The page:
Are you thinking of starting a business with your friends? Do you think that with your combined skills you can transform an idea into a profit-generating business? Starting a business with friends is not an uncommon thing. Besides, wanting to do something successful with people close to you is natural. You want to succeed and bring your friends along. However, starting a business is not all sunshine and rainbows. Starting a business in itself is challenging enough but adding in emotionally charged relationships in the equation could spell disaster.
If you look around for expert advice on the topic of starting a business with loved ones and friends, you’ll find that the general slant of advice is toward discouragement. This doesn’t mean that it’s always absolutely a bad idea–it just means that you need to be conscientious and not skip steps.
In this article, you’ll find some tips that can help you jump-start the process of forming a business while avoiding the common pitfalls of starting one with friends.
Put it in writing
Whether you’ve come up with the idea of starting a business during a casual dinner or just another usual weekend hangout, don’t fall into the trap of just relying on verbal commitments and storing everything you talk about in your head. It’s essential to put everything in writing.
Taking notes during conversations about the business, making sure the reasoning behind decisions are jotted down, and just making a record of your meetings are crucial practices. This way you’re sure that you all are on the same page as to what’s been discussed and decided upon, leaving nothing to chance if you need to reference past conversations for subsequent decisions.
Beyond meeting minutes, another critical piece of writing that you need to get in order is your registration papers. The process of registering a business with a good business lawyer is actually a good way to force you to have difficult conversations in the beginning and get them out of the way early. Deciding what your business structure will be and what assets and resources each one is putting into the business are just some things that can get forgotten or left out, especially when you start getting busy with trying to get a business off the ground.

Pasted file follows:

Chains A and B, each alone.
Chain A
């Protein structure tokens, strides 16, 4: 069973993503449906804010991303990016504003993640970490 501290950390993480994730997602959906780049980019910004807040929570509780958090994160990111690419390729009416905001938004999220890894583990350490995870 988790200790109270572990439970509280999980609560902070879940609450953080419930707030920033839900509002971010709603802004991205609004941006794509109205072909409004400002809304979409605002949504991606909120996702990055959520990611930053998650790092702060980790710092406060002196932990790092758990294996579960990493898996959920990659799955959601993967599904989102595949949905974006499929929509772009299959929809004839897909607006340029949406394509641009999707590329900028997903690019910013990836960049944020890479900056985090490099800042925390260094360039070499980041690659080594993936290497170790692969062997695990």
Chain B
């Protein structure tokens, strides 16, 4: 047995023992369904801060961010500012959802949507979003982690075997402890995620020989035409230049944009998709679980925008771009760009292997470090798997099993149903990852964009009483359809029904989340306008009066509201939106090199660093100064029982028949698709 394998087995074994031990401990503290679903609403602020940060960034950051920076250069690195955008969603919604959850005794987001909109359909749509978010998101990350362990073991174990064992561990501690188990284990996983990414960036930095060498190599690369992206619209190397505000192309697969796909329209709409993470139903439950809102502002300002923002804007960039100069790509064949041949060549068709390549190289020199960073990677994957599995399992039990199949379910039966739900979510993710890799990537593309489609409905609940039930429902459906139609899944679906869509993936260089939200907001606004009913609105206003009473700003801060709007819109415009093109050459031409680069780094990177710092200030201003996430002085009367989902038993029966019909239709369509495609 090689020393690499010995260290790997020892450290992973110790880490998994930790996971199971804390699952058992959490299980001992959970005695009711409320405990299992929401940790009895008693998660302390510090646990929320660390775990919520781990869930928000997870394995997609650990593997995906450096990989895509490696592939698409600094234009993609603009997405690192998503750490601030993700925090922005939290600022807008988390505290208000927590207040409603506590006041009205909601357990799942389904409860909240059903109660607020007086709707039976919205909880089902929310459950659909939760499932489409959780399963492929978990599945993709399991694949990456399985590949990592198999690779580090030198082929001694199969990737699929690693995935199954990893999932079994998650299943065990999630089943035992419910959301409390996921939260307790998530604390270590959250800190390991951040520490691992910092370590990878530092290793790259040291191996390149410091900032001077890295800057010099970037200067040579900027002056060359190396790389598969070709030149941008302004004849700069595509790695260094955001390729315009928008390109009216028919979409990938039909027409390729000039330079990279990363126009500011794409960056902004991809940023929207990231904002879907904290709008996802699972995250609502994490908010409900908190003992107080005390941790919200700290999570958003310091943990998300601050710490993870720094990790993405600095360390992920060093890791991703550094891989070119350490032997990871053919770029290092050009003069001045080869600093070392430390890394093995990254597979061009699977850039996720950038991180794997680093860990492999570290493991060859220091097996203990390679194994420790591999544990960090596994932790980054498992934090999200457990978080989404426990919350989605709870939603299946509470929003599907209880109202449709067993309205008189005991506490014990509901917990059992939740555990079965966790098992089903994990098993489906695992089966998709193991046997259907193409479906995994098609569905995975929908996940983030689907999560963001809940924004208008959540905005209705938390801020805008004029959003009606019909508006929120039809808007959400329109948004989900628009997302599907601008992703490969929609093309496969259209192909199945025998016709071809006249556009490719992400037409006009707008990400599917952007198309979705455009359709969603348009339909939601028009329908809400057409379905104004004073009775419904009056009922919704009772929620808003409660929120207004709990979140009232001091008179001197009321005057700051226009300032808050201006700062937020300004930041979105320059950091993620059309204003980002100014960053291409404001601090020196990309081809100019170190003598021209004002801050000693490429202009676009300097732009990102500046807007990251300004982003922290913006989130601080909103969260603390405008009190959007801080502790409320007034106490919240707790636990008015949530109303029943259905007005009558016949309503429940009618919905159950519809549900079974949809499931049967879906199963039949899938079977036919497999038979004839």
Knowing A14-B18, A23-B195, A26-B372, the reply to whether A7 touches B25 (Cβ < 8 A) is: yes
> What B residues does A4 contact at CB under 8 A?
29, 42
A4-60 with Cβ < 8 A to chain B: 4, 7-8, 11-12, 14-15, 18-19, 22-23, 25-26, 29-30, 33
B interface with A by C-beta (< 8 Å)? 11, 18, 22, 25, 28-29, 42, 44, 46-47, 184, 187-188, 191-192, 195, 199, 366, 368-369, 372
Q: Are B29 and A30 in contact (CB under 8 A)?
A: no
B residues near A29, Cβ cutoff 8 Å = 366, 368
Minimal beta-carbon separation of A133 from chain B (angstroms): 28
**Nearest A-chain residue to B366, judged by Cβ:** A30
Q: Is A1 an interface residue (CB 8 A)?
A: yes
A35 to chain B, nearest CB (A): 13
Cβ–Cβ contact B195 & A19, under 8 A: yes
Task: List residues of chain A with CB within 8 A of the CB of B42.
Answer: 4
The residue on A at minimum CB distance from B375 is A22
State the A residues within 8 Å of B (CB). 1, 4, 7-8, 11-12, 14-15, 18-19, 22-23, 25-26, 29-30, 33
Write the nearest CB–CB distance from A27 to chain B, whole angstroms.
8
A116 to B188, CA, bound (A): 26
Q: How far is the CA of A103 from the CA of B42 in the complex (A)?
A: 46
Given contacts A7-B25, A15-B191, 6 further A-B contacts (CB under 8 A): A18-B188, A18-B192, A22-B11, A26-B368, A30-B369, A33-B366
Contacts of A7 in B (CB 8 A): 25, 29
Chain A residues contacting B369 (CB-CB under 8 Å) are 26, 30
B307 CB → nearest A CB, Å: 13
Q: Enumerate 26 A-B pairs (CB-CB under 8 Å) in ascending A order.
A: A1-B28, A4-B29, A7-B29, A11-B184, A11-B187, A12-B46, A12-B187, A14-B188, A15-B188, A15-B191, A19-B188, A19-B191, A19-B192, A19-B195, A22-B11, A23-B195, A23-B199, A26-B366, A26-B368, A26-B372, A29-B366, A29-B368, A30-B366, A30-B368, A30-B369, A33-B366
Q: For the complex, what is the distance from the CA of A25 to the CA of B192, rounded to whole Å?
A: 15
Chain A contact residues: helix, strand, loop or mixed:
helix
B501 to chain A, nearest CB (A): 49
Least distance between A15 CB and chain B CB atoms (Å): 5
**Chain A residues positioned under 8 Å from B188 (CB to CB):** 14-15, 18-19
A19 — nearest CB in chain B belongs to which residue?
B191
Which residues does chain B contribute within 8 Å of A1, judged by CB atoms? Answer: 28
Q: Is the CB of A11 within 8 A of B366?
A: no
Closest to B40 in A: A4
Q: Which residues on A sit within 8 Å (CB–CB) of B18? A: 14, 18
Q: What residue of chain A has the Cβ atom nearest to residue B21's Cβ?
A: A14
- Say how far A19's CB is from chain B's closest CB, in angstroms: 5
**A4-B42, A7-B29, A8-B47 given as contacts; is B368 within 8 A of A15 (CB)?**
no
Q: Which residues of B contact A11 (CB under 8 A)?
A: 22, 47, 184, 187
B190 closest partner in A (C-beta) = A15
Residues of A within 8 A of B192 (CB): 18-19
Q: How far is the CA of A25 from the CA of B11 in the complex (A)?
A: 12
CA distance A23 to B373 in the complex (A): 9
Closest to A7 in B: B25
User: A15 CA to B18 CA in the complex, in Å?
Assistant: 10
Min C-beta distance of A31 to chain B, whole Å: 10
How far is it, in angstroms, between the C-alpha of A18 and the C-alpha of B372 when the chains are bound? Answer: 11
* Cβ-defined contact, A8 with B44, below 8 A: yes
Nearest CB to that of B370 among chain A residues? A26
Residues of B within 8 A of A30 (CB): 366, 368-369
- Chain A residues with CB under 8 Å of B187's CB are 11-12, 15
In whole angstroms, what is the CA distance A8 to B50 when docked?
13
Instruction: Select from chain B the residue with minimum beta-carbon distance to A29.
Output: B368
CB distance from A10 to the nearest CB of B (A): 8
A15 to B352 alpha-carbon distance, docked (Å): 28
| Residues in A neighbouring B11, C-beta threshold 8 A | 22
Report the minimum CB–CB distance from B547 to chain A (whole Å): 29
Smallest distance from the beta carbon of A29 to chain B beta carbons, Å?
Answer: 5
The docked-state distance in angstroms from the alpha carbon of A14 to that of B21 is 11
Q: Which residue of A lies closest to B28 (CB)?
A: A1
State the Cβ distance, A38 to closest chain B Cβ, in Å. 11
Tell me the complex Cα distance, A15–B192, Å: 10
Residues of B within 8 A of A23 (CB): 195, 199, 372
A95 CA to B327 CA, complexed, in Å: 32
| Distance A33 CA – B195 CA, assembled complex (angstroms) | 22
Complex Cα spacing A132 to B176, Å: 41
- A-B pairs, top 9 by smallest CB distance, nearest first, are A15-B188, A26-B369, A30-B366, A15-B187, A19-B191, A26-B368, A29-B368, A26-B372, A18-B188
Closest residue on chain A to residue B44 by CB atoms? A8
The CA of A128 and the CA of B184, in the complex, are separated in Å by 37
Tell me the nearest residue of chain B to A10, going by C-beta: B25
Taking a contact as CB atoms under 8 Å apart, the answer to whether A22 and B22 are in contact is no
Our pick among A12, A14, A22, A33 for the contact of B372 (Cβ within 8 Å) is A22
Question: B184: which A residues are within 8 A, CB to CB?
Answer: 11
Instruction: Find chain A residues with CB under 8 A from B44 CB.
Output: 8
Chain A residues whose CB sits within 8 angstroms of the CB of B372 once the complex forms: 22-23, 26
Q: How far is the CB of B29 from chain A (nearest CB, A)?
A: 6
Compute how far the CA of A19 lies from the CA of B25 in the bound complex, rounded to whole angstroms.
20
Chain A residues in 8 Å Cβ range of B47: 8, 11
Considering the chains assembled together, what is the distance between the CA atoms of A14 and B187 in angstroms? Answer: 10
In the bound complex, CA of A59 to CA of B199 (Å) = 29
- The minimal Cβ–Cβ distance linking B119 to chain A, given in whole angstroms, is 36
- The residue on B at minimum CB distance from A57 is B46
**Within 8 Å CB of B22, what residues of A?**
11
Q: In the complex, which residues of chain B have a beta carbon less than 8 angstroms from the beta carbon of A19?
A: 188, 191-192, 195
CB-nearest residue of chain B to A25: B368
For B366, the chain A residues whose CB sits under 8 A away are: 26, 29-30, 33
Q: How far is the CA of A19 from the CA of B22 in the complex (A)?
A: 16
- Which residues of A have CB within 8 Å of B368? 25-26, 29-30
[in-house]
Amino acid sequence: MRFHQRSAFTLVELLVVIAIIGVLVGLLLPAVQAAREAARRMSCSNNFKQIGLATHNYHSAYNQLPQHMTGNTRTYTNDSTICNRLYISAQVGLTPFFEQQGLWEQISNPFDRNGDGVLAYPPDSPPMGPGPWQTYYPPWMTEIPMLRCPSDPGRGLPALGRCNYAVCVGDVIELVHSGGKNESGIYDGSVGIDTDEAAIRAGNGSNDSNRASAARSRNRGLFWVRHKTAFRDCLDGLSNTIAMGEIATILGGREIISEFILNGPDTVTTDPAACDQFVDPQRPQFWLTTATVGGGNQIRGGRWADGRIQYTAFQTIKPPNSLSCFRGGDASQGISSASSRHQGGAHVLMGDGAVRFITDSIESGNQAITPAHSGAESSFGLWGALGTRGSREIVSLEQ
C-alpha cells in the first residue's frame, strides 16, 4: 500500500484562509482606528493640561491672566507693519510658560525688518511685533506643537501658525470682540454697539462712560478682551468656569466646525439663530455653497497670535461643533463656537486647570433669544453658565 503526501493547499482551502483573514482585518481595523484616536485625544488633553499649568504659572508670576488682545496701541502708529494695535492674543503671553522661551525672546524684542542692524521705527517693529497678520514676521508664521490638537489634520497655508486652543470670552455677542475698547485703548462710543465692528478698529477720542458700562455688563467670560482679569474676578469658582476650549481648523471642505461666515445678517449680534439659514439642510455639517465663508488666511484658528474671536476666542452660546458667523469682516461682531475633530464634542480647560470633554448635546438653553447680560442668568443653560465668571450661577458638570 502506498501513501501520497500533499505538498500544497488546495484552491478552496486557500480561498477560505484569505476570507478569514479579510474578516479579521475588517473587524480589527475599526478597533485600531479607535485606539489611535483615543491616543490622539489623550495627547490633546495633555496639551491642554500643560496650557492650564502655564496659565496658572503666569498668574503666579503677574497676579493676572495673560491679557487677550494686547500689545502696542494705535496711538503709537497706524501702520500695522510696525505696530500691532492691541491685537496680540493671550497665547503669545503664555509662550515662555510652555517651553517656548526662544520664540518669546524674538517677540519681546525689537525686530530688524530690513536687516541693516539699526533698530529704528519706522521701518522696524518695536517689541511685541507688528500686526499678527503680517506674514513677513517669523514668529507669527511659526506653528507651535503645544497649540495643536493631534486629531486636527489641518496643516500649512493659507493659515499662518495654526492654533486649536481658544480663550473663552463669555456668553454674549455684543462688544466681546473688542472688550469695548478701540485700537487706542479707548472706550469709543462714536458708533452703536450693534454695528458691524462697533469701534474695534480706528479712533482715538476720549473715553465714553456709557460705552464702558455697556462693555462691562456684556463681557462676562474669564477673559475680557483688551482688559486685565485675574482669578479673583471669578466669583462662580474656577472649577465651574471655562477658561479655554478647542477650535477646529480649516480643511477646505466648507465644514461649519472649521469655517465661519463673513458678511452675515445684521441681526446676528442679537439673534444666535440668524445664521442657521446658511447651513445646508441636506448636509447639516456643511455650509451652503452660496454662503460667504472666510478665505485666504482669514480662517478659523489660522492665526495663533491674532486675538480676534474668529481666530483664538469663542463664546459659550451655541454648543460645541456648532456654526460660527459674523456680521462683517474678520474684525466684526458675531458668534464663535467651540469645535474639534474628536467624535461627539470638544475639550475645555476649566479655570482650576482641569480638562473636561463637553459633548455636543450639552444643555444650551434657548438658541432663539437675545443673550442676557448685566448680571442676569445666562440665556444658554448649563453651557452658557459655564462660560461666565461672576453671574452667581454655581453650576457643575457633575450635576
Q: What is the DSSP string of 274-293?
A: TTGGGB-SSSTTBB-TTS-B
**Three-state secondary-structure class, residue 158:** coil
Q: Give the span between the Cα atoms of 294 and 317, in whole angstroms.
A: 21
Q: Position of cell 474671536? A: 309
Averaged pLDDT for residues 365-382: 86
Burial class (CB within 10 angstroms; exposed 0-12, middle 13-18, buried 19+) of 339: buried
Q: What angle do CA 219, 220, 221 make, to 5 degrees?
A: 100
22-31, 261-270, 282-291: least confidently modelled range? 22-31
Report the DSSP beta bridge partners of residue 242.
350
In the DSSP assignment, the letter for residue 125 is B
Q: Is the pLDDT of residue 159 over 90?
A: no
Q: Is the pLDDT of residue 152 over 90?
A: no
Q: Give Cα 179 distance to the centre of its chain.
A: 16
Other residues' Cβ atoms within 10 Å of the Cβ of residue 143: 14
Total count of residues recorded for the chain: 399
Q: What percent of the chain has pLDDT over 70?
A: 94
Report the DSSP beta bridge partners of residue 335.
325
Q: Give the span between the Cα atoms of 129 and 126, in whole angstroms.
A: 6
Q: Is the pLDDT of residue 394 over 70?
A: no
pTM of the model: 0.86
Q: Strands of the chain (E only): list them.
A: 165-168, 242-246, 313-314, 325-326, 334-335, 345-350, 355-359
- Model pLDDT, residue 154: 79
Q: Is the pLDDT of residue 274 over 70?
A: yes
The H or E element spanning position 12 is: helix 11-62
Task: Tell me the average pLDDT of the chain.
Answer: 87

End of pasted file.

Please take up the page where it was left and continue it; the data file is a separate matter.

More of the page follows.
Define your roles well
An important step as you navigate starting your new endeavor with your buddies is defining your roles well. Lay down all the chips you’re willing to commit to the table, specifically your strengths and your weaknesses, as well as the resources you’re willing to put in. This helps your group set expectations from the get-go. It also helps you collectively decide roles from a business structure and operations perspective.
Some friends may only be willing to put in money but not their time. In that case, they’re better off being investors. This is important because not only does it set expectations clearly in terms of work each one is willing to put in, but it also lets you suss out how profits will be split when your business starts generating money.
Don’t forget the buyout clause
Not all business partnerships last–and this doesn’t mean that you will fail! Many businesses continue to thrive years after the original partnership that put the business up to have broken up. This can result from a partner wanting to focus on something else or, in more unfortunate situations, someone not pulling their weight negatively impacting the business as a whole. This is where buyout clauses come in.
In your contract, there must be a portion that spells out how someone can be bought out of the partnership based on different scenarios. In this portion, you should also include what the procedure will be if someone in the business cannot perform their role anymore–yes, including if someone passes. This might all sound negative and even morbid. Still, it’s just the smart way to do business that not only protects everyone involved but also allows you to avoid making missteps if high-stress or emotional events force you to have to execute a buy-out.
These are just some tips that can help you get off on the right foot when starting a business with friends. It is hard work, but it can be gratifying!